Signs & Symptoms of Dyscalculia

Signs of dyscalculia - Dybuster

Dyscalculia receives less press than does dyslexia. Parents and teachers may not even be aware that dyscalculia exists, much less recognise what could be signs of the learning difference. We’ve put together a list of things to watch out for if you think your child may have a learning disability in math.

Some of these signs are more established through research while others have been reported by teachers, parents, or dyscalculics themselves.

Signs of dyscalculia

  • Slowness in learning to count
  • Difficulty in comparing quantities (larger vs. smaller)
  • Difficulty in recognising quantities, even small numbers of objects
  • Difficulty in understanding “math words” such as “greater” or “less than”
  • Lagging behind peers in learning simple arithmetic such as easy addition
  • Reliance on slow methods of performing math, such as counting on fingers for addition or adding up numbers for multiplication
  • Difficulty in telling time from an analog clock
  • Difficulty in keeping track of time
  • Inability to count out change or estimate costs
  • Anxiety when faced with number-related tasks; math anxiety

The presence of one or more of these signs does not necessarily add up to a dyscalculia diagnosis.

If you think your child or student may have a learning disability then an evaluation from a professional is a key step to getting a child the support that he or she needs. But with this list perhaps educators and parents can become more aware of dyscalculia and how it affects children at home and in the classroom.

More information is available on sites such as, the Learning Disabilities Association of America, and the British Dyslexia Association. You can also contact us for information on our intervention software for dyscalculia.

Calcularis Learning Games: Helping to Solve Dyscalculia

Calcularis learning game for dyscalculia

Judging quantities, performing simple arithmetic, picturing numbers on a number line: all of these tasks can cause severe frustration to someone with dyscalculia. Math problems that pose no difficulty to their peers, can seem incomprehensible to dyscalculic children.

An inability to deal with numbers can leave dyscalculics with deep feelings of anxiety and inferiority when faced with anything math-related, such as counting out change or remembering the multiplication tables.

When children with dyscalculia play the Dybuster Calcularis learning games, the software gradually helps the brain to develop new learning channels and to automate mathematical processes. User studies have shown these games to be very effective: students using the software over a period of three months improved their addition skills by 30% and subtraction skills by 40%.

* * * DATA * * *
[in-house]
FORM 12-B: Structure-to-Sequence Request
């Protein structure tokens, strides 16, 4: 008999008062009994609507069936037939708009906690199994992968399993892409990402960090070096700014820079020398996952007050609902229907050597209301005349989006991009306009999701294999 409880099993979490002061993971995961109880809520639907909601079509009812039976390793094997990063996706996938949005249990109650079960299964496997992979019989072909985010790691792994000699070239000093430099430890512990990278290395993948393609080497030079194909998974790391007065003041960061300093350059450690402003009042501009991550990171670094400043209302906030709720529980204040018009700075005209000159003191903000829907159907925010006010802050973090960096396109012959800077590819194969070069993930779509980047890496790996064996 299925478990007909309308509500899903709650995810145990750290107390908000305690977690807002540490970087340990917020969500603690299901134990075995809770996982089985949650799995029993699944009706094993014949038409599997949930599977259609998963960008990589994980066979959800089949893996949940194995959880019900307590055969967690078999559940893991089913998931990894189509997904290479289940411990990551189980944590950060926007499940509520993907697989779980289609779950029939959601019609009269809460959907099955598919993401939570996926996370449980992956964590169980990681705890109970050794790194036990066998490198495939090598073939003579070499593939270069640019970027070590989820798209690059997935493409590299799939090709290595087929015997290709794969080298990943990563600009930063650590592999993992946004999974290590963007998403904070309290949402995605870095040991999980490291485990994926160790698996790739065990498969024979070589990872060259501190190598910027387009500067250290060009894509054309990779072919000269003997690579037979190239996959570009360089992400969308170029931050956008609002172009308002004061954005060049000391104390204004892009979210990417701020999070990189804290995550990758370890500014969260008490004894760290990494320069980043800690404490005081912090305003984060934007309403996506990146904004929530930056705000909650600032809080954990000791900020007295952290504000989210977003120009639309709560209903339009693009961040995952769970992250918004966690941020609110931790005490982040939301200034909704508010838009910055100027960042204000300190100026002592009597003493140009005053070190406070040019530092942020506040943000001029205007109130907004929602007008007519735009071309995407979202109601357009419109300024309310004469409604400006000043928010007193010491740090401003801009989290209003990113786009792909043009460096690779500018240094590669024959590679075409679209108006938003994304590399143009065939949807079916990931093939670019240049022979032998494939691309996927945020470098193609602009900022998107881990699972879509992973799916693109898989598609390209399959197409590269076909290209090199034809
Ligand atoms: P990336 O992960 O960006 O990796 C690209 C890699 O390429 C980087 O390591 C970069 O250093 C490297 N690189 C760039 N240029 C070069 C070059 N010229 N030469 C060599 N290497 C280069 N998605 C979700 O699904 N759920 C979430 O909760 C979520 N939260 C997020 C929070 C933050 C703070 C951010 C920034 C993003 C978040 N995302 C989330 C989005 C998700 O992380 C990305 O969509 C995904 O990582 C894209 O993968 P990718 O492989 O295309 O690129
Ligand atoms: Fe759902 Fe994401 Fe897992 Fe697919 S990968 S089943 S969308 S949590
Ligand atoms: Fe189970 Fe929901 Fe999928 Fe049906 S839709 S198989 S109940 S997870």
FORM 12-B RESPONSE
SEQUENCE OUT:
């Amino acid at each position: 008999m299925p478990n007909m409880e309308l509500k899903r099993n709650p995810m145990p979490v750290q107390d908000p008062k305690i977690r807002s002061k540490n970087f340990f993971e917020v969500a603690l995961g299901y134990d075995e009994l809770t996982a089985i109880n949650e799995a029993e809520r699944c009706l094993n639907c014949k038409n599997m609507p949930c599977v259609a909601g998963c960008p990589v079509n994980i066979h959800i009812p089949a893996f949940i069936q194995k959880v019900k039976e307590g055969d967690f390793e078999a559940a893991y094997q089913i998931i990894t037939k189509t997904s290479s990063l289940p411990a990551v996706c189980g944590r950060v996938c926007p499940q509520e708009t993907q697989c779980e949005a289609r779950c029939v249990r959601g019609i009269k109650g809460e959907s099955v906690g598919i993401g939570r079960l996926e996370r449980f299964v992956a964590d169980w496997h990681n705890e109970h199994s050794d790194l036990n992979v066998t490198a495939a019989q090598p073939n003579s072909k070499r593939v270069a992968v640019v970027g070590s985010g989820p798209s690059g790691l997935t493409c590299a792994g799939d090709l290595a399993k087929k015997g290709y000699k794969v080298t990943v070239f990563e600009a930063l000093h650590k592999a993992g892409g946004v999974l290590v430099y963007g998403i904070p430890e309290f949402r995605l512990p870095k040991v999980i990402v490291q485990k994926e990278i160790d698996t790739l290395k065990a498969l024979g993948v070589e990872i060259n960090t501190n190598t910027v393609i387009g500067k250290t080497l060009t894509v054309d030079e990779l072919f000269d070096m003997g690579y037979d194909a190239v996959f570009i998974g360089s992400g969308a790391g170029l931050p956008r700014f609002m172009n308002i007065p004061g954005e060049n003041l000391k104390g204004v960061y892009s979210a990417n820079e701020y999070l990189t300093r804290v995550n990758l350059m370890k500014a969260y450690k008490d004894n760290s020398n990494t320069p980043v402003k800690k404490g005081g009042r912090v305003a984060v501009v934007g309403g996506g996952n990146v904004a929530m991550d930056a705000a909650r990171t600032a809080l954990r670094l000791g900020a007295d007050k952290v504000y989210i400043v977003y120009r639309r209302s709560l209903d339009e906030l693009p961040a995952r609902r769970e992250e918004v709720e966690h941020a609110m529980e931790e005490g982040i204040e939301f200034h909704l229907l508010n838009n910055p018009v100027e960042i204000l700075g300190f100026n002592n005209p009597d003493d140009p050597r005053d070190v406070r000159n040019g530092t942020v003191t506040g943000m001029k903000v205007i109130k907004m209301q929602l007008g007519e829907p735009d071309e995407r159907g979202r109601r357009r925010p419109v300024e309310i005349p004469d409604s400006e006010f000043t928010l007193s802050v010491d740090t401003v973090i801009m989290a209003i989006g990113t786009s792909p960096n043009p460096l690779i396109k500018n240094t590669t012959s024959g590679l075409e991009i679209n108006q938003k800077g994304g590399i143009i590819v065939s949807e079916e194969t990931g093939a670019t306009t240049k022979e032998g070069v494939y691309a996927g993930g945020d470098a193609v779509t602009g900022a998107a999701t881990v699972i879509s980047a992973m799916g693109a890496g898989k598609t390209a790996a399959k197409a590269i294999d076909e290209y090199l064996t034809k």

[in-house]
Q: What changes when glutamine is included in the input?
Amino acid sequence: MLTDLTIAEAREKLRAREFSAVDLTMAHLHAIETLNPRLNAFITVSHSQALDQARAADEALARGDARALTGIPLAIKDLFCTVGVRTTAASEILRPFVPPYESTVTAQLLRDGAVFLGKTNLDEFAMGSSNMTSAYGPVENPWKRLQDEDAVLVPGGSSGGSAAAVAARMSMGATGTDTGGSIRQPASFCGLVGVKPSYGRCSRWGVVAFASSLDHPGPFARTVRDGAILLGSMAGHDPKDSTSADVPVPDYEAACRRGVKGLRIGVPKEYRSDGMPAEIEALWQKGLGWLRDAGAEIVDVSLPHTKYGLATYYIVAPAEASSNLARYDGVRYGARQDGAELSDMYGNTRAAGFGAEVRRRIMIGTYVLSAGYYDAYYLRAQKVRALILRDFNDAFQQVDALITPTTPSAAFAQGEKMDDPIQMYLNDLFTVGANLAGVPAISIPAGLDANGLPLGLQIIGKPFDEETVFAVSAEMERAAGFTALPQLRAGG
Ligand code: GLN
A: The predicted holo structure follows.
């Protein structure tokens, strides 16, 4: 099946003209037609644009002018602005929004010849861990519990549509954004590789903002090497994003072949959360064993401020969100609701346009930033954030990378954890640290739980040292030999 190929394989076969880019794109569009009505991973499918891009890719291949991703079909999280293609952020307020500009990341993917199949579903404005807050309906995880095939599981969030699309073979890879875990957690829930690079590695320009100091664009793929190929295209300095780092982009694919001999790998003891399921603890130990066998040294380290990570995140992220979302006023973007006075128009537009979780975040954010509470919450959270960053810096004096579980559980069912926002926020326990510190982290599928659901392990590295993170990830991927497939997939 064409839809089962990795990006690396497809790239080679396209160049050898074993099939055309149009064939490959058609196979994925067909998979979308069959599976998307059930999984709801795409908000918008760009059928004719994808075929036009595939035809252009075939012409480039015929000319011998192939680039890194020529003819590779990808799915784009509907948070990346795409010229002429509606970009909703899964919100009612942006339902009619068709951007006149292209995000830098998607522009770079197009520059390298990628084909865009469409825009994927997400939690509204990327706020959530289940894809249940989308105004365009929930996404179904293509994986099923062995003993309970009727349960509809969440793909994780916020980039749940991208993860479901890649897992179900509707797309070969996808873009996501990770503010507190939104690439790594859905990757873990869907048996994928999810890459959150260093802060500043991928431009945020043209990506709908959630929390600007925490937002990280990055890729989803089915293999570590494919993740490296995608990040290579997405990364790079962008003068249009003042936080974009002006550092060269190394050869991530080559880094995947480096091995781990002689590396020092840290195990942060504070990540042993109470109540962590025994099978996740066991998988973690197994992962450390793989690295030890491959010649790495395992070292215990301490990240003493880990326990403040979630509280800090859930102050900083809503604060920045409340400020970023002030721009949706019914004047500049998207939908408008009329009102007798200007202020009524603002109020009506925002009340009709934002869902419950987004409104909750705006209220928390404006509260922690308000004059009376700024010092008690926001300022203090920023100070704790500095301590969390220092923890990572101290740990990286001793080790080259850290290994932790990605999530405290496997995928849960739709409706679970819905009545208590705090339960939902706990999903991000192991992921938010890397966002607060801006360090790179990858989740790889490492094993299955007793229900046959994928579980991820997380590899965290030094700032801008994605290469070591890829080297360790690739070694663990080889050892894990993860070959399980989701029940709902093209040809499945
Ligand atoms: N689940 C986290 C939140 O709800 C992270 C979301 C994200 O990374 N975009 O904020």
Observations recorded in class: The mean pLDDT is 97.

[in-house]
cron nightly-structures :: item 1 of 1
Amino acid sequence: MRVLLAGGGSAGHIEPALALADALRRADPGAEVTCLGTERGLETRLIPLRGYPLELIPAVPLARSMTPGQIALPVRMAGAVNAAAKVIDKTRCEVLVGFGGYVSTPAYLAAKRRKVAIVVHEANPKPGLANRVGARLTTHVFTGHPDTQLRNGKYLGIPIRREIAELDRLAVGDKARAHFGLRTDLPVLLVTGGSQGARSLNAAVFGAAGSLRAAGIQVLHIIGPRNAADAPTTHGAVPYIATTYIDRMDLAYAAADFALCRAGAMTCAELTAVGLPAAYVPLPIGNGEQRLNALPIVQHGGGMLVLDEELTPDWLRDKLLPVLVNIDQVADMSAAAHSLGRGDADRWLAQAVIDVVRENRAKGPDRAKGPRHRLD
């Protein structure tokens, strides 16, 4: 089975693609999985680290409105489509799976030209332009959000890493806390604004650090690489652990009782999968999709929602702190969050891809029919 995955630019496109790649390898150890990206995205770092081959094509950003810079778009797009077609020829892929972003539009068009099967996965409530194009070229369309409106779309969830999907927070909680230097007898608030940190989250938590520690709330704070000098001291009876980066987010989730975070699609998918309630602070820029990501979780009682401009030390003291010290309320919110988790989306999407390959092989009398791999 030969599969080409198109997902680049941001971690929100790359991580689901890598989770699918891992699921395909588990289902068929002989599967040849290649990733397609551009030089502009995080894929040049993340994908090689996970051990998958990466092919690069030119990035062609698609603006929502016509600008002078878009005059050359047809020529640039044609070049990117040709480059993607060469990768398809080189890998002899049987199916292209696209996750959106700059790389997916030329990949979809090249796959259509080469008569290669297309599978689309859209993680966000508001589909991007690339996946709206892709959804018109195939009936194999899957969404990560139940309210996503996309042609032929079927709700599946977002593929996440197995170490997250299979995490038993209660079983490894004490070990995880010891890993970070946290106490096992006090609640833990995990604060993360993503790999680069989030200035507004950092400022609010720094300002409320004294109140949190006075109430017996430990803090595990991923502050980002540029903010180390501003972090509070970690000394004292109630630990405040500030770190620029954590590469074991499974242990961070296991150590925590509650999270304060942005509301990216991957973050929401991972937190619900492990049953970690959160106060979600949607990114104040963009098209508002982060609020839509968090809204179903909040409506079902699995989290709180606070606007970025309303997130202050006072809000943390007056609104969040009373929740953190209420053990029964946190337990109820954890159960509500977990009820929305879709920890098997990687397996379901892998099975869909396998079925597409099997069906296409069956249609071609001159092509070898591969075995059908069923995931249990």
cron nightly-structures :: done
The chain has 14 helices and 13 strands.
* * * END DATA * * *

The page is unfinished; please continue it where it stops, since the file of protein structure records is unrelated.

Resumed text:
The games are designed to develop both numerical understanding and arithmetic operations. Students practice numbers as quantities, number words, Arabic numerals and positions on a number ray. Children progress from comparing amounts, to adding and subtracting with colored blocks, to multiplying and dividing. As their skills increase, dyscalculics also gain confidence in their own number abilities.

The results of the users studies involving Dybuster Calcularis were published in the following peer-reviewed publications:

Study about the neurplastic changes: K. Kucian, U. Grond, S. Rotzer, B. Henzi, C. Schönmann, F. Plangger, M. Gälli, E. Martin, M. von Aster. Mental number line training in children with developmental dyscalculia. NeuroImage, Neuroimage, 57(3):782-95, 2011

User adaptation, improvements in HRT (Addition/Subtraction): T. Käser, A. G. Busetto, G.-M. Baschera, J. Kohn, K. Kucian, M. von Aster, and M. Gross. Modelling and Optimizing the Process of Learning Mathematics. Proceedings of ITS (Chania, Greece, 14-18 June, 2012), pp 389-398, 2012

User adaptation, study 2011: T. Käser, G.-M. Baschera, J. Kohn, K. Kucian, V. Richtmann, U. Grond, M. Gross, and M. von Aster. Design and evaluation of the computer-based training program Calcularis for enhancing numerical cognition. Frontiers in Developmental Psychology, 4: 489, 2013

But our favorite reviews come from the parents, teachers, and students who use our software:

Tracking progress in Calcularis. Parents, teachers, and students can easily see how far a child has come in developing math skills.

Tracking progress in Calcularis. Parents, teachers, and students can easily see how far a child has come in developing math skills.

“As a mother, I am extremely impressed by Dybuster.” – Katharina, mother

“I like the fact that I can use Dybuster on my computer at home instead of having to visit a therapist.” – Jonathan, 12 years old

Like to test out the learning games yourself? Please visit the Calcularis website and download your free trial.



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TEDx Talk by Markus Gross on Dybuster’s Software

TEDx talks are the local version of TED, conferences that spread ideas and bring in speakers on a large range of topics.

One of the speakers at Zurich’s event in 2015 was Markus Gross, head Computer Graphics Laboratory at the Swiss Federal Institute of Technology in Zürich and instrumental in the founding of Dybuster.

Markus told of his own experience as the father of a dyslexic and as a computer scientist looking for ways to help students with dyslexia.

Below you can watch this short dynamic introduction to the multi-modal learning developed by Markus and Dybuster. Learn how the struggles of Markus’s son Adrian with dyslexia led to the development of intervention software Orthograph, and eventually to the use of the same approach applied to dyscalculia in Calcularis.

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